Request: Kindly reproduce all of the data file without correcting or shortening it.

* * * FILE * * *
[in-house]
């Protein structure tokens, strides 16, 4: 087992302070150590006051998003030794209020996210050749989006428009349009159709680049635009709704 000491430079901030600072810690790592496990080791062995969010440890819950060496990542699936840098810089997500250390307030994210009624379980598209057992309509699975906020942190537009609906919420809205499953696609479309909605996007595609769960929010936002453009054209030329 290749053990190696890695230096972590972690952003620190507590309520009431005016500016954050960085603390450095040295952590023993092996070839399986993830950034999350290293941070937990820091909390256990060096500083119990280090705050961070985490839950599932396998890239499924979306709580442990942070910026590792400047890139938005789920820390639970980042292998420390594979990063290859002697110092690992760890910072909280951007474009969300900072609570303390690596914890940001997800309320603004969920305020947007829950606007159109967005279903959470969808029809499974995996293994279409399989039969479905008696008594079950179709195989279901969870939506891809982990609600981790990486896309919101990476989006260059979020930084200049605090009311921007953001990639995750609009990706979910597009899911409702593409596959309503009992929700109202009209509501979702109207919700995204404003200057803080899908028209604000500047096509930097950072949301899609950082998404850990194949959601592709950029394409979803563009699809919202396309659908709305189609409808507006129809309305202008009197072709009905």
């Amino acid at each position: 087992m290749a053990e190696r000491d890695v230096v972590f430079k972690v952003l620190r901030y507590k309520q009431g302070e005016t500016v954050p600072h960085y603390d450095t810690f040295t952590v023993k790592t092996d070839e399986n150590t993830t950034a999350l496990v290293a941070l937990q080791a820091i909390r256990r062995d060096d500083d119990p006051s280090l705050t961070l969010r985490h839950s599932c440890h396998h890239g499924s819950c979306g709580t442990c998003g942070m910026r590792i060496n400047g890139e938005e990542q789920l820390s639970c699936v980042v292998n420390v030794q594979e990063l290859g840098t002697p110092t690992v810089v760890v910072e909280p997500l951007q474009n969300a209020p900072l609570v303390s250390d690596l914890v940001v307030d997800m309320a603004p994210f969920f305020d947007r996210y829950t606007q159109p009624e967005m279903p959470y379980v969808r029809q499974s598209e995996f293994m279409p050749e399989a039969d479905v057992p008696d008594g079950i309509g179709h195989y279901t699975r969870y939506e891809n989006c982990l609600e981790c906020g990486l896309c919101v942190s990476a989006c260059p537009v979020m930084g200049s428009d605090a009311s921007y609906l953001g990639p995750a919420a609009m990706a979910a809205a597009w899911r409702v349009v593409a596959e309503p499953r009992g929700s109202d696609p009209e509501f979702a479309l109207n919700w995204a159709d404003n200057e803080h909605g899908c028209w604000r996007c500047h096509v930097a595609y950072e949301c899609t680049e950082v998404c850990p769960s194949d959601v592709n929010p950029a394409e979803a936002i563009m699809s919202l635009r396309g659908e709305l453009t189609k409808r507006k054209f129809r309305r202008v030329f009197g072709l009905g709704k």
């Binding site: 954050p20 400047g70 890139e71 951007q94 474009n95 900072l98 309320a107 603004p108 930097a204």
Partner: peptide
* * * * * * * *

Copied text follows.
[in-house]
């Protein structure tokens, strides 16, 4: 087992302070150590006051998003030794209020996210050749989006428009349009159709680049635009709704 000491430079901030600072810690790592496990080791062995969010440890819950060496990542699936840098810089997500250390307030994210009624379980598209057992309509699975906020942190537009609906919420809205499953696609479309909605996007595609769960929010936002453009054209030329 290749053990190696890695230096972590972690952003620190507590309520009431005016500016954050960085603390450095040295952590023993092996070839399986993830950034999350290293941070937990820091909390256990060096500083119990280090705050961070985490839950599932396998890239499924979306709580442990942070910026590792400047890139938005789920820390639970980042292998420390594979990063290859002697110092690992760890910072909280951007474009969300900072609570303390690596914890940001997800309320603004969920305020947007829950606007159109967005279903959470969808029809499974995996293994279409399989039969479905008696008594079950179709195989279901969870939506891809982990609600981790990486896309919101990476989006260059979020930084200049605090009311921007953001990639995750609009990706979910597009899911409702593409596959309503009992929700109202009209509501979702109207919700995204404003200057803080899908028209604000500047096509930097950072949301899609950082998404850990194949959601592709950029394409979803563009699809919202396309659908709305189609409808507006129809309305202008009197072709009905």
């Amino acid at each position: 087992m290749a053990e190696r000491d890695v230096v972590f430079k972690v952003l620190r901030y507590k309520q009431g302070e005016t500016v954050p600072h960085y603390d450095t810690f040295t952590v023993k790592t092996d070839e399986n150590t993830t950034a999350l496990v290293a941070l937990q080791a820091i909390r256990r062995d060096d500083d119990p006051s280090l705050t961070l969010r985490h839950s599932c440890h396998h890239g499924s819950c979306g709580t442990c998003g942070m910026r590792i060496n400047g890139e938005e990542q789920l820390s639970c699936v980042v292998n420390v030794q594979e990063l290859g840098t002697p110092t690992v810089v760890v910072e909280p997500l951007q474009n969300a209020p900072l609570v303390s250390d690596l914890v940001v307030d997800m309320a603004p994210f969920f305020d947007r996210y829950t606007q159109p009624e967005m279903p959470y379980v969808r029809q499974s598209e995996f293994m279409p050749e399989a039969d479905v057992p008696d008594g079950i309509g179709h195989y279901t699975r969870y939506e891809n989006c982990l609600e981790c906020g990486l896309c919101v942190s990476a989006c260059p537009v979020m930084g200049s428009d605090a009311s921007y609906l953001g990639p995750a919420a609009m990706a979910a809205a597009w899911r409702v349009v593409a596959e309503p499953r009992g929700s109202d696609p009209e509501f979702a479309l109207n919700w995204a159709d404003n200057e803080h909605g899908c028209w604000r996007c500047h096509v930097a595609y950072e949301c899609t680049e950082v998404c850990p769960s194949d959601v592709n929010p950029a394409e979803a936002i563009m699809s919202l635009r396309g659908e709305l453009t189609k409808r507006k054209f129809r309305r202008v030329f009197g072709l009905g709704k």
């Binding site: 954050p20 400047g70 890139e71 951007q94 474009n95 900072l98 309320a107 603004p108 930097a204």
Partner: peptide